April 7, 2010

cheese, glorious cheese

i'm trying to give up cheese. it may seem odd that cheese is something i need to give up, but i LOVE cheese. maybe it's a holdover from my vegetarian days, or just the proven fact that cheese is one of the top things in life, along with coca-cola, sex, books, and david bowie.

so i'm trying to relegate cheese to the status of a treat, as i have dealt with my other previously mentioned obsession, coke. coke is it, yo!  sorry, got distracted.  with the possible exception of parmigiano-reggiano and pecorino romano (which in theory are not eaten in large quantities) i am going to eat cheese on holidays only. official holidays, my birthday and anniversary. no arbor day, or patriot's day, or guy fawkes day...although any holiday is an option should i really hanker for a hunk o' cheese!

the only way i can think of accomplishing this heretofore never imagined feat is to outlaw cheese in my house. if there is cheese in the fridge, i will eat it.  if there is cheddar cheese in that fridge, i will eat it as a meal!

now, one of the things i hate most about the way our culture deals with food and dieting is that we have these 'guilty' or 'sinful' or 'bad vs. good' labels for everything food-related. so i'm never going to say 'cheese is bad.' it's just that, for me, it's too much of a damn good thing ;).

so...what to do to with those odds and ends of the various cheeses i will now not be eating? there is a lovely something known as fromage fort, or in much less lyrical english, strong cheese. many recipes for this concoction exist, but i usually, oh so surprisingly, just throw stuff in with abandon and it always comes out well!

when first making this, i followed this recipe, from the inimitable jacques pepin. now i eyeball everything, based on how much cheese i have.

fromage fort
cheese [can be a mixture of any kinds: brie, blue, swiss, goat, cow, sheep, etc.]
garlic [grated or minced], at least 1 clove, or to taste
white wine, 1/4 - 1/2 cup [amount will vary based on how much cheese used]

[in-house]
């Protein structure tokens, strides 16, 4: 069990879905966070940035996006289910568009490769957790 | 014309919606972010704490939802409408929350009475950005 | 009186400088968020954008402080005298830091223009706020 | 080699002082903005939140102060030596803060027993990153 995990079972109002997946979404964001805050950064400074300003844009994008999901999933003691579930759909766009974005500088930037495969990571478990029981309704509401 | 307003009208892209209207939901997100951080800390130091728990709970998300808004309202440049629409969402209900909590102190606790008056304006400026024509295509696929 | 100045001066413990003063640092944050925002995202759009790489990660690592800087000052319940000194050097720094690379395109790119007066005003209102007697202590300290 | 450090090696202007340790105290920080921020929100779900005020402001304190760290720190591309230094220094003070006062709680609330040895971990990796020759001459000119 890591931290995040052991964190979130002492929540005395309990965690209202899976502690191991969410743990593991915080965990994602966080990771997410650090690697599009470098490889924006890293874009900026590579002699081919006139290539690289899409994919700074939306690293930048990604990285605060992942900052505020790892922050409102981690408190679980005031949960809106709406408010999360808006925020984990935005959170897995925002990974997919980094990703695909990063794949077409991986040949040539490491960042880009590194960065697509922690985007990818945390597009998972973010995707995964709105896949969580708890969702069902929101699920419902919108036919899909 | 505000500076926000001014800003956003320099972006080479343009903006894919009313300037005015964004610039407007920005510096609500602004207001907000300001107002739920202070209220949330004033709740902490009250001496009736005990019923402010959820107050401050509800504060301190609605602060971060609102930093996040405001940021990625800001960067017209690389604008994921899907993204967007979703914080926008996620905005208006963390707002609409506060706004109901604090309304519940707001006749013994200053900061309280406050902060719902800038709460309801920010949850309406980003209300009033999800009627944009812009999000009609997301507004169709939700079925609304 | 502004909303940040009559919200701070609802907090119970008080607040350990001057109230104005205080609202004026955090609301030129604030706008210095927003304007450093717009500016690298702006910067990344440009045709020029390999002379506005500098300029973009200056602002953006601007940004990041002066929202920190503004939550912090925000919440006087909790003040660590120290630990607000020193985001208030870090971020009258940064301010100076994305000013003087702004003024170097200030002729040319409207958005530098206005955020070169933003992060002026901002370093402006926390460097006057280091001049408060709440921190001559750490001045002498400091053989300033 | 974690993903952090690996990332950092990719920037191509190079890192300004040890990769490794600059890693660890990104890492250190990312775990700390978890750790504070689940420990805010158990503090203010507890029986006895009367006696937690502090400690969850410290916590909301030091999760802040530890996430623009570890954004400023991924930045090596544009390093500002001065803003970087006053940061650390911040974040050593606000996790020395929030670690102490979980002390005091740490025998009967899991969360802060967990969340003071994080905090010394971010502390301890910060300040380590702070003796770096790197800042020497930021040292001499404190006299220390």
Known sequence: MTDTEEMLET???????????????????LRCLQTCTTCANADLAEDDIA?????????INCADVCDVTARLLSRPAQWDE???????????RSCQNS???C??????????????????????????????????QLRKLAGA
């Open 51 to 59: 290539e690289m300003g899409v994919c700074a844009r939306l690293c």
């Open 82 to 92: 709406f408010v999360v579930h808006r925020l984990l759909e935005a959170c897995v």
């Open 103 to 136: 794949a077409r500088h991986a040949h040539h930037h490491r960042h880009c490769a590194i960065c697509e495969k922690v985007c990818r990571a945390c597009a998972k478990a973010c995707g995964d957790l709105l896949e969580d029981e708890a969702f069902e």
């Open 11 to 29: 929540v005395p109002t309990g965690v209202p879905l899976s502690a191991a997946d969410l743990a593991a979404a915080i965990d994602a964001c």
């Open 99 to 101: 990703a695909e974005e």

salt and pepper, to taste

chop cheese into small pieces, removing any rind, and add to food processor. if using harder cheeses, like parmigiano, it's easier to grate before blending.

add white wine gradually; it's easy to add more to reach desired consistency, but difficult if you put too much in to start. add garlic, pepper and salt, if necessary. the cheese may be salty enough without this addition, so use your own judgement.

blend until smooth and creamy. add more wine as necessary until the consistency is to your liking.

chill until slightly firm and eat with bread or crackers or what have you while listening to the labyrinth soundtrack (that last part is just a serving suggestion). can also be eaten straight out of the food processor, but it is better after a bit of fridge time. m. pepin also suggests putting it on bread and broiling it, which is deliciously tasty as well.

now...why am i giving up cheese again!??!?


Elizabeth Gallo said...

ok. now i have to go have cheese for lunch! great post, t -- can't wait to make fromage fort!

Happy Holidays said...

i was so enthralled with the high end cheese display a few weeks ago i blindly walked right into some post to prevent carts from hitting the display... i had a HUGE bruise on my thigh for the better part of a week from the thing... i thought to myself... perhaps i too should give up cheese... bacchus loves it when i decide a brick of cheddar, some crackers and wine will be dinner... he knows i like to share...

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